In John Edmonds’ work, photography’s relationship to truth is repeatedly questioned. Describing his images as ‘quasi-documents’, the artist works almost obsessively with a number of models. These figures and friends – who become close to muses, hold, caress, and measure themselves against African sculptures in a search for subjectivity that is humanising, vulnerable and tender. 

The human body’s relationship with sculpture in Edmonds’ images can at times be erotic, other times playful. His subjects’ ambivalent expressions seem to consider the value of these objects and, in doing so, raise questions over the roles that individuals, institutions and photography play in assigning meaning and authenticity.

While Edmonds has worked extensively in large-format colour photography, this exhibition gathers work made in monochrome. Back with Scales and Shadows acts as a genesis point for the artist’s examination of Black and white photography specifically as its own medium, where the artist works with Black as both form and content. In Edmonds’ hands, African sculpture signifies both traditional cultural heritage and diasporic memory, and thus becomes a way to explore displacement and dispossession.

The exhibition’s title, One, affirms Edmonds’ photography practice as an evolving continuum. Collected here, the multiplicity of his subjects and ways of working – across formats, scales, colour and medium – nurtures a throughline tensioned between still life and portraiture. In merging the eternal beauty of African art with the vitality of the human body, One acknowledges the infinite interdependency between a single figure and a community. Edmonds’ sustained commitment to transatlantic dialogues reveals the potential of an image to stretch life cycles across space and time, and to point towards visions of possibility.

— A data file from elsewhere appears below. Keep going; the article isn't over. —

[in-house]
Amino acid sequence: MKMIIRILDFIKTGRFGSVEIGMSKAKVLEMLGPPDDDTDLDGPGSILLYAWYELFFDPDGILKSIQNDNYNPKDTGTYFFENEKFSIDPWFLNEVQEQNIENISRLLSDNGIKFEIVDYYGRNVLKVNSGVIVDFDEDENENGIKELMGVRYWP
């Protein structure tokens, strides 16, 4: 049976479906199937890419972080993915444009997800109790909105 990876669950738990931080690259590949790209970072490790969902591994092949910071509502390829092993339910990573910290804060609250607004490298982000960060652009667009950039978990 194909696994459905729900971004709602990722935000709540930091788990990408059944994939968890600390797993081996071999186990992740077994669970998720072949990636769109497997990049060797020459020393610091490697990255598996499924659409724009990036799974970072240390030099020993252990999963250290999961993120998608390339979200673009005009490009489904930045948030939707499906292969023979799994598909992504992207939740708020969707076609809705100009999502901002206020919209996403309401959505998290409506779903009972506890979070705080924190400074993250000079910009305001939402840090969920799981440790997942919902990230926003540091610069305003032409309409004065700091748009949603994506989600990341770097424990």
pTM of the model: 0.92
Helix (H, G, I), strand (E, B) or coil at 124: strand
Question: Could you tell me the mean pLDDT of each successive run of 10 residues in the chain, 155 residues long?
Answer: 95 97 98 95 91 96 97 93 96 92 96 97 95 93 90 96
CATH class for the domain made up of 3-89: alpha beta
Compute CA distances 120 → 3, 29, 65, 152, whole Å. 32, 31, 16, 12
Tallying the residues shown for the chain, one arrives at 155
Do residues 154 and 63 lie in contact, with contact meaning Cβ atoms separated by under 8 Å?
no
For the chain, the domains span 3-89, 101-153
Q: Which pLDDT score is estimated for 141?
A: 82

For Edmonds, the photograph captures an act of transmission, where the image becomes a threshold between narrative and reality. He is endlessly interested in what he terms ‘photography’s ability to assign life’, and in its ability therefore to move beyond representation towards animating visions of the gaze. Edmonds’ iconic Du-Rags series, one of which is on view here, concentrates on headpieces as symbols of self-constitution, and frames them and their wearers as otherworldly. Echoed by the silk of their surfaces, these works counter often-repeated stereotypes of Black masculinity, and signal towards new images of beauty and power.

John Edmonds’ first solo exhibition in London, One, is on view at Maximillian William. Titled One, the exhibition unites Edmonds’ work in Black and white from several bodies of work made between 2016–2022.